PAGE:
Brown's Hurdles

Contact Steve on 0771 717 7885

Sadly in February 2020, Alan passed away after losing his battle with cancer.
Having spent over six decades working the woods, Alan made his last hurdles a few weeks before his 83rd birthday. He was one of the last traditional hurdlemakers, working full-time making hurdles in the wood where the hazel was coppiced with the skills and tools passed down from father to son.
The legacy he leaves is to have carried hurdlemaking of the highest standard into the 21st Century, taking on the woods managed by the Davis family from Milborne St Andrew and continuing the professionalism that they had exhibited and the expertise that had been passed down through the generations.
Alan was immensely passionate about the craft; he took great pride in his work and brought pleasure to visitors to his displays at fairs and country shows and the customers who bought his work. He is greatly missed.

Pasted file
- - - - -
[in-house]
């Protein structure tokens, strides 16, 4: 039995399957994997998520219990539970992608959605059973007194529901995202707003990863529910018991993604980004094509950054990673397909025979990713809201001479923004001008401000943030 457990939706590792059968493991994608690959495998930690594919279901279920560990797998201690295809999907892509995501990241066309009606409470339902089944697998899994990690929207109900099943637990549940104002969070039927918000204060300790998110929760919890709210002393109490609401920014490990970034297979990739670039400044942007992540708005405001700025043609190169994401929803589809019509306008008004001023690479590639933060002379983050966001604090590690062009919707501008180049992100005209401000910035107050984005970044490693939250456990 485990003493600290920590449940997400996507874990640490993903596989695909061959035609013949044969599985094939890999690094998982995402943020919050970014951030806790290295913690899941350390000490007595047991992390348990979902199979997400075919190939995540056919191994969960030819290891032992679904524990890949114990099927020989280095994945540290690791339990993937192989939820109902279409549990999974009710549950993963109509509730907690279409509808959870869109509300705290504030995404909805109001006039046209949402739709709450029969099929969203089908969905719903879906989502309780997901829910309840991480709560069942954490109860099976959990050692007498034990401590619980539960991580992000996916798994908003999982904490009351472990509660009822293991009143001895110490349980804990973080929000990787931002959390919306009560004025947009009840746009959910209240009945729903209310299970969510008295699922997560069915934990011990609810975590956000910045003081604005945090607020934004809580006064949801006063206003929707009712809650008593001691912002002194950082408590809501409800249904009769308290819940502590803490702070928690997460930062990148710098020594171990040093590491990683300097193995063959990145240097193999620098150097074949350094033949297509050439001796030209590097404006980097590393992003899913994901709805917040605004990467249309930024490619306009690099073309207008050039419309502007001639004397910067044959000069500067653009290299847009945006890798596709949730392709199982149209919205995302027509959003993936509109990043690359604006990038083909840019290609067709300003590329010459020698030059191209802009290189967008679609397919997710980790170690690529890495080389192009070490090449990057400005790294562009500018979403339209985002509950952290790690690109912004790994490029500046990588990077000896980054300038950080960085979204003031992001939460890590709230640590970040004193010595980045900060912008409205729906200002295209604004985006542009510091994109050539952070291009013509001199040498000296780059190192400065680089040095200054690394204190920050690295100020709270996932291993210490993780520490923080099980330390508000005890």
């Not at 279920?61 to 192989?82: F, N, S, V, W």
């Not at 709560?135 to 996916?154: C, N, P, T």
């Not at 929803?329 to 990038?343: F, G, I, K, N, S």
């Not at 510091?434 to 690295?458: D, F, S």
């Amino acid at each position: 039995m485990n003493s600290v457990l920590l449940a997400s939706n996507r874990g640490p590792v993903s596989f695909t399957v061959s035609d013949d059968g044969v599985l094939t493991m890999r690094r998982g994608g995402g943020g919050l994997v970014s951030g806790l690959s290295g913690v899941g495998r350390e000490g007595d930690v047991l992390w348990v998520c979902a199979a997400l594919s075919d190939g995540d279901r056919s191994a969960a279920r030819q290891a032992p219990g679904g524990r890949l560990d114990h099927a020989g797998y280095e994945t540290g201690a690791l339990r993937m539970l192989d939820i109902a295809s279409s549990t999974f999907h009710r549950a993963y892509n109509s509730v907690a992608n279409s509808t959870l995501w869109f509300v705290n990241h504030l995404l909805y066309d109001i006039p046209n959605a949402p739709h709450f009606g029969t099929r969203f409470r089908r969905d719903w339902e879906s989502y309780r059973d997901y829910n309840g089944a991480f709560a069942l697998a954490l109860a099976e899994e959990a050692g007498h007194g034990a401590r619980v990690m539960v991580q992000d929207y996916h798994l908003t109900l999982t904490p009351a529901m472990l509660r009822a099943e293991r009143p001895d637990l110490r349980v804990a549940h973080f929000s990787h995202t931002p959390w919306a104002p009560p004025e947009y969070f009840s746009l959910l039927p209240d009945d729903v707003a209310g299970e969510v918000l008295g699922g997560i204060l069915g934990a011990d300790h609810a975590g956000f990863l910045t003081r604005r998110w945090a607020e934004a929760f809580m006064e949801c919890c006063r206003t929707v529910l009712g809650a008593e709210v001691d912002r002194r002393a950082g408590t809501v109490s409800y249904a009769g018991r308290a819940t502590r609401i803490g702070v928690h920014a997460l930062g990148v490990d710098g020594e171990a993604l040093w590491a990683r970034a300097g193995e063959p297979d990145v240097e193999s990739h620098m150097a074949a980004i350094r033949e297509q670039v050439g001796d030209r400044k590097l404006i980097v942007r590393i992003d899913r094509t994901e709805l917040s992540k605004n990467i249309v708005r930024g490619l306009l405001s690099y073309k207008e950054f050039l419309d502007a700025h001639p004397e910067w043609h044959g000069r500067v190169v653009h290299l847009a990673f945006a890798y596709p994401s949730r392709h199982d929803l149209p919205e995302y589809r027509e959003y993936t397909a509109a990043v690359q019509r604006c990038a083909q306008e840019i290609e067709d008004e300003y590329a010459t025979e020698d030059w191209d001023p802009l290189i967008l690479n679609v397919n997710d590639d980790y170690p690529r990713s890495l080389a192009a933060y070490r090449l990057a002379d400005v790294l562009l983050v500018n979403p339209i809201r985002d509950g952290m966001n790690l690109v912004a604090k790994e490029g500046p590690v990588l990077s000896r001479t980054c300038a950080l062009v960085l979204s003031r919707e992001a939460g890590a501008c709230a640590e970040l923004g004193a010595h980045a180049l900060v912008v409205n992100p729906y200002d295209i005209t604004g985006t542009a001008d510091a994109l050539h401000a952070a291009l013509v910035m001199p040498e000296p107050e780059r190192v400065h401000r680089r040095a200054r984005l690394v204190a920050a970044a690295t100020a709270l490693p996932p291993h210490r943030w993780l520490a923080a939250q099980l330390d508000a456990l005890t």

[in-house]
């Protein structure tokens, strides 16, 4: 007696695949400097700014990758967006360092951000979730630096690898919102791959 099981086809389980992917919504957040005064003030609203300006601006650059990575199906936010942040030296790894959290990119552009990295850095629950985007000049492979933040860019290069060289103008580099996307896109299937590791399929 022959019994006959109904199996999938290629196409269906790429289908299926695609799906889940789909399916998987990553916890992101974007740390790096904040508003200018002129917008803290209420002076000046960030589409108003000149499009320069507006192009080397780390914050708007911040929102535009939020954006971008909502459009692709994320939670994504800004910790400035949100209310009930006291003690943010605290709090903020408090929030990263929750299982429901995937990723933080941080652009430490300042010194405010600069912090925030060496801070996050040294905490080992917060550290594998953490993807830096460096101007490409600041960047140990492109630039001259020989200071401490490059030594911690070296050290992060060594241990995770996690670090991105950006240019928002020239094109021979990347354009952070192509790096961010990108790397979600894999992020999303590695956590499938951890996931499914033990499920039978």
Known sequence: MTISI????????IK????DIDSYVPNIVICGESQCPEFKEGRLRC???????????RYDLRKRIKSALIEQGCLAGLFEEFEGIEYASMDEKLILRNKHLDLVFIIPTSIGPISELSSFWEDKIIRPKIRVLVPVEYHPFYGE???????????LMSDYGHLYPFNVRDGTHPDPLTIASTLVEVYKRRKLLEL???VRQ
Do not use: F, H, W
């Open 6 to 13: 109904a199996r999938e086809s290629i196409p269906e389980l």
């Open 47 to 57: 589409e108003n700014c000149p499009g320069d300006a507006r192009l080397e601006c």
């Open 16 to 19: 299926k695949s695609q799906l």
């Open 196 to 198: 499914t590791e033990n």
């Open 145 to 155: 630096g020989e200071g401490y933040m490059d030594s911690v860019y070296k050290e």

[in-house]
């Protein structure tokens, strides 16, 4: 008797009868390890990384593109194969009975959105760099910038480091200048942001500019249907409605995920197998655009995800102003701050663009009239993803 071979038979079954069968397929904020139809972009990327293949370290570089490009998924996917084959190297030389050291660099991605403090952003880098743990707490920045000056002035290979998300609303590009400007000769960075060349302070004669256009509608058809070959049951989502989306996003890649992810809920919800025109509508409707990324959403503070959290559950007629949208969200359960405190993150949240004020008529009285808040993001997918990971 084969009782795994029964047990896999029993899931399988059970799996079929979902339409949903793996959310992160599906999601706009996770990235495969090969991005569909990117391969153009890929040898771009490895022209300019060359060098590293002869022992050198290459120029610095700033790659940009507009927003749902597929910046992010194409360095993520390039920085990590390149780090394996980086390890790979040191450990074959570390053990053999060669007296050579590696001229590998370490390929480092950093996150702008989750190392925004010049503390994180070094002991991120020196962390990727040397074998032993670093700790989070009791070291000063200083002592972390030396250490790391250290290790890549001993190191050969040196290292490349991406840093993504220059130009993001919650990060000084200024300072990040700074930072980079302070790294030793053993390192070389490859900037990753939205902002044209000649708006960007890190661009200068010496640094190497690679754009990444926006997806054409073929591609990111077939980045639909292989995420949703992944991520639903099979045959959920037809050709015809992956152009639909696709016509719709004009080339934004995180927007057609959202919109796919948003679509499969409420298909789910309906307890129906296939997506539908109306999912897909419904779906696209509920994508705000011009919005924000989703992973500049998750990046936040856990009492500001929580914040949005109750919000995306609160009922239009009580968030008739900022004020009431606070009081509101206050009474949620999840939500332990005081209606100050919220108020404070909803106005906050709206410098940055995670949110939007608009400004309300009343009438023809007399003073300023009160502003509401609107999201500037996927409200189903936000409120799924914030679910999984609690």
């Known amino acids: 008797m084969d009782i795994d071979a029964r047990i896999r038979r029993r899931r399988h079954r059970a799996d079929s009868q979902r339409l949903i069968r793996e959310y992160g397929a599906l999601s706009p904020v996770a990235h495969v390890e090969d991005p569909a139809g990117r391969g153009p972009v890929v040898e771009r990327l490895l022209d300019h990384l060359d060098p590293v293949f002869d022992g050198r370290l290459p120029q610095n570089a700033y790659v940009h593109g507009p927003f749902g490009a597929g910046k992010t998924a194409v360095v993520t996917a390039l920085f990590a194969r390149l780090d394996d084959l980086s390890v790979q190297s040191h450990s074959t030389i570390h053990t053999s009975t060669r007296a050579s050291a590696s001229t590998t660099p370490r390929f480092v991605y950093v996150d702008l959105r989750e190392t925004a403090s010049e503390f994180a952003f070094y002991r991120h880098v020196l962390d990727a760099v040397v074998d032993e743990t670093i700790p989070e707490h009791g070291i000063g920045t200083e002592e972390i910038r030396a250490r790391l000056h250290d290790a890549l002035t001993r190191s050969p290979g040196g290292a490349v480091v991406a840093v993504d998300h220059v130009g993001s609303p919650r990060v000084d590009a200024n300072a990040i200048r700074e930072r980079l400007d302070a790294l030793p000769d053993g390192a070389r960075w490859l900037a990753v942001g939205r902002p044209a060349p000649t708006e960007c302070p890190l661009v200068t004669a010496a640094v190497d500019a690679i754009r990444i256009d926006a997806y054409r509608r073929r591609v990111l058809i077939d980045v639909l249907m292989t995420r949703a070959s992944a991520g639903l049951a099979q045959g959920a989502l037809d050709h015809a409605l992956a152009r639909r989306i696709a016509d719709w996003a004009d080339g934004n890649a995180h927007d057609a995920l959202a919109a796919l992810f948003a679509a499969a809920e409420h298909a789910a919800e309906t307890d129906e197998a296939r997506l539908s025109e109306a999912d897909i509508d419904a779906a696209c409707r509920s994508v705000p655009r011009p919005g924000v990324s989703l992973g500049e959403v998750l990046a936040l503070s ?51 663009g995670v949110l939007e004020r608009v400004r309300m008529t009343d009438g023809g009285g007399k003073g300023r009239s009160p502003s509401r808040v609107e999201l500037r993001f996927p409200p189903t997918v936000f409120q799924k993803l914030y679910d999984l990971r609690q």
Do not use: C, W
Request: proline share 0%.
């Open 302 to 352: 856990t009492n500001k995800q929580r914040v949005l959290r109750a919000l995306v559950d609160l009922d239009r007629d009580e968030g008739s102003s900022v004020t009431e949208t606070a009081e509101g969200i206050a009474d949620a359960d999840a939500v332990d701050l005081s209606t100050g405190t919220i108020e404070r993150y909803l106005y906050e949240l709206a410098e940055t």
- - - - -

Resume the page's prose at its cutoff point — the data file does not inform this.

Steve continues to make a few hurdles in his spare time, please contact him on 0771 717 7885. We regret that we are unable to demonstrate at fairs and shows at this time.

Alan and Steve Brown with hurdle

Alan and Steve Brown are the sixth and seventh generation of the family to make hurdles and can trace the trade in the family back to the 19th Century.
Hurdles are ideal for use as a fence, windbreak or border edging.
They are also suitable to be used for climbing plants to grow up.

An example of hurdles used to create a garden fence

Hurdles used to protect a young hedge

Hurdles can protect young hedges...
...or, as in this case, make an effective natural boundary.

Hurdles used as a boundary

Alan Brown with a finished sheep hurdle

Traditional sheep hurdles are a variation of a standard hurdle for use as lambing pens or for folding sheep. Note the 'twilly hole' which is the gap in the hurdles to allow shepherds to carry a number of hurdles at one time.